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  1. #1
    Join Date
    Nov 2004
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    5

    Unanswered: how to tell if accessed

    I just got assigned to be our companies sql server dba, there are about 80 databases on various servers. I am suspecting many are not even used. Is there a way for me to tell the last time they were accessed and by whom? And, more importantly, the last time any changes have been made in the database? Thanks in advance.

  2. #2
    Join Date
    Jun 2003
    Location
    Ohio
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    Provided Answers: 1
    Let me guess. The old DBA quit suddenly without leaving any documentation?
    If it's not practically useful, then it's practically useless.

    blindman
    www.chess.com: "sqlblindman"
    www.LobsterShot.blogspot.com

  3. #3
    Join Date
    Nov 2004
    Posts
    5
    Actually, there has never really been a sql server dba here. I'm new, and like all the other dbas,we are life long oracle dbas. But, someone has to get these under some control. Until now, all microsoft has been left in the hands of the developers to admin. Fox guarding the hen-house so to speak. Nobody wanted to touch it until I came along. (oh, and the dozens of developers involved have come and gone over the years, not much help)

  4. #4
    Join Date
    Jun 2003
    Location
    Ohio
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    Provided Answers: 1
    Inheriting 80 databases on multiple servers in lord knows what state of maintenance, you folks might consider hiring a SQL Server DBA...
    Having gone from SQL Server to Oracle I can tell you that there will be some learning curve, and what you are describing sounds like a full-time position.

    As far as telling whether a database is being used, that is difficult after the fact. You can set up tracing or auditing on it to track future access.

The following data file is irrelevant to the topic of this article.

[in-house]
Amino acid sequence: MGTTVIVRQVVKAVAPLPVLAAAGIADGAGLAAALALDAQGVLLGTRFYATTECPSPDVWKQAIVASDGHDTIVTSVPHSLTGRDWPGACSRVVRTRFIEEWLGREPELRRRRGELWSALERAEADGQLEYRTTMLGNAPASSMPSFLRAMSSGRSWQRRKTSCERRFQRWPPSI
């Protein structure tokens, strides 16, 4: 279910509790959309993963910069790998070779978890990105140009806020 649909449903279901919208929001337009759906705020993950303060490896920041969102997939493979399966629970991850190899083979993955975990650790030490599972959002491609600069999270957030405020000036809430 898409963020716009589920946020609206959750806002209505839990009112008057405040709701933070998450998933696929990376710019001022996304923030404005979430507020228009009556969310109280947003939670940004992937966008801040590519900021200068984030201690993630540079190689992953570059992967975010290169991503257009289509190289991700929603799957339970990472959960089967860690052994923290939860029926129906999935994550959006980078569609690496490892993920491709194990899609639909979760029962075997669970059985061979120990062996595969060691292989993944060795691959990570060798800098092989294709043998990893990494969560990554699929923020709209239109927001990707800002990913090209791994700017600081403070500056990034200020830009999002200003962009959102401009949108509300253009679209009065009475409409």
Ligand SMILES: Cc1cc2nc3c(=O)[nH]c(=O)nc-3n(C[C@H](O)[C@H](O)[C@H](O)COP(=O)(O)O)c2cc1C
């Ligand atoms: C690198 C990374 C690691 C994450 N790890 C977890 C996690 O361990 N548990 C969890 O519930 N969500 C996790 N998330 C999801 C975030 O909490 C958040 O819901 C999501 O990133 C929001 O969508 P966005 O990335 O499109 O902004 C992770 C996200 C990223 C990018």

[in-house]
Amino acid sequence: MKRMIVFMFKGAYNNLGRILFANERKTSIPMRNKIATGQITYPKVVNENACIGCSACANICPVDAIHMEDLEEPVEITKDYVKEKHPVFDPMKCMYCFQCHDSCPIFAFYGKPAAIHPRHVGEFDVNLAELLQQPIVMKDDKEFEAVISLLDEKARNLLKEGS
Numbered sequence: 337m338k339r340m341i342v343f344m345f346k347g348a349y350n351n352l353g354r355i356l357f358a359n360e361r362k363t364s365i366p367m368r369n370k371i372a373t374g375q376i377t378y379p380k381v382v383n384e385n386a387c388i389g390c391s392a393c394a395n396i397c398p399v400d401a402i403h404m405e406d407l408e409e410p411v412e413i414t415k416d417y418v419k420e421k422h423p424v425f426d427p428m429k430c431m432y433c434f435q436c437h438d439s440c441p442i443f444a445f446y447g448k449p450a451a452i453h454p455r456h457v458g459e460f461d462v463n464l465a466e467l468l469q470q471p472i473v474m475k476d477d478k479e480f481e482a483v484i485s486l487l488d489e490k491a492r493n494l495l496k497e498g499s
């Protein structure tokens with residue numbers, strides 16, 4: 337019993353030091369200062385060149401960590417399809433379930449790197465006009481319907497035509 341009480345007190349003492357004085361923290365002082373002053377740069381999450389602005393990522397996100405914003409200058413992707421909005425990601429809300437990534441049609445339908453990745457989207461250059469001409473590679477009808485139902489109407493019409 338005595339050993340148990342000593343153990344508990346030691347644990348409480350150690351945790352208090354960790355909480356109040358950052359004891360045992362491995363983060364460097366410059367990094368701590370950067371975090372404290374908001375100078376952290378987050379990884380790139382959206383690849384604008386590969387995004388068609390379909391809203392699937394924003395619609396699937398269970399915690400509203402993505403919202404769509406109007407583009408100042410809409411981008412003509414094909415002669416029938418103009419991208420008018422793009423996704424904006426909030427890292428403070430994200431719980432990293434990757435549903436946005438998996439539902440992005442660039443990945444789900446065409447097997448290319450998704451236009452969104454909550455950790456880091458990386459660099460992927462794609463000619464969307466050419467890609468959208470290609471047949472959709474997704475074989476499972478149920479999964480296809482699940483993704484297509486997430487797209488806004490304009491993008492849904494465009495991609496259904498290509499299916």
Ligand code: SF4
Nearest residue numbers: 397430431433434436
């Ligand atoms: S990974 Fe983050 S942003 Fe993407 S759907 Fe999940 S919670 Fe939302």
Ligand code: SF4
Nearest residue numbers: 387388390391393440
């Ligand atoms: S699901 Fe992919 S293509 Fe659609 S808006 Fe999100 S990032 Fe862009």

If it's not practically useful, then it's practically useless.

    blindman
    www.chess.com: "sqlblindman"
    www.LobsterShot.blogspot.com

  5. #5
    Join Date
    Nov 2002
    Location
    Jersey
    Posts
    10,322
    That's a lot of licensing..

    Do you have an inventory of all the boxes?

    I would start there. Are they physically located near you? Or is it remote?

    AND I would change the sa password and see what comes out of the wood work.

    AND I would revoke any sa level priviliges.

    Do you have a traditional server landscape?

    Development, Production, Contingency?
    Brett
    8-)

    It's a Great Day for America everybody!

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    The physical order of data in a database has no meaning.

  6. #6
    Join Date
    Jun 2003
    Location
    Ohio
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    12,592
    Provided Answers: 1
    What's that awful grinding sound I hear? A room full of developers gnashing their teeth?

    Heh heh heh...
    If it's not practically useful, then it's practically useless.

    blindman
    www.chess.com: "sqlblindman"
    www.LobsterShot.blogspot.com

  7. #7
    Join Date
    Jul 2003
    Location
    San Antonio, TX
    Posts
    3,662
    I'd check when they were last backed up, then build a custom trace to track logins and db's that they access. Very often DB info is not available in the trace if you use one of the predefined templates, so carefully select the events to ensure that db info is captured.
    "The data in a record depends on the Key to the record, the Whole Key, and
    nothing but the Key, so help me Codd."

  8. #8
    Join Date
    Nov 2004
    Posts
    5
    Thanks for all the info. Everything is fine, backups have been taken care of and are scheduled now, and licensing was already addressed. SA passwords were changed and I'm working on the multiple file shares where data files reside with full access for Everyone who maps to it. Internal database privileges are next.

    I've tried setting up a trace, but can only figure out how to track the login which, as stated, does not really show which database they are connecting to. These are all version 2000(8.0) and if anyone can help me with an event that will show me what database is being connected to, I'd appreciate it.

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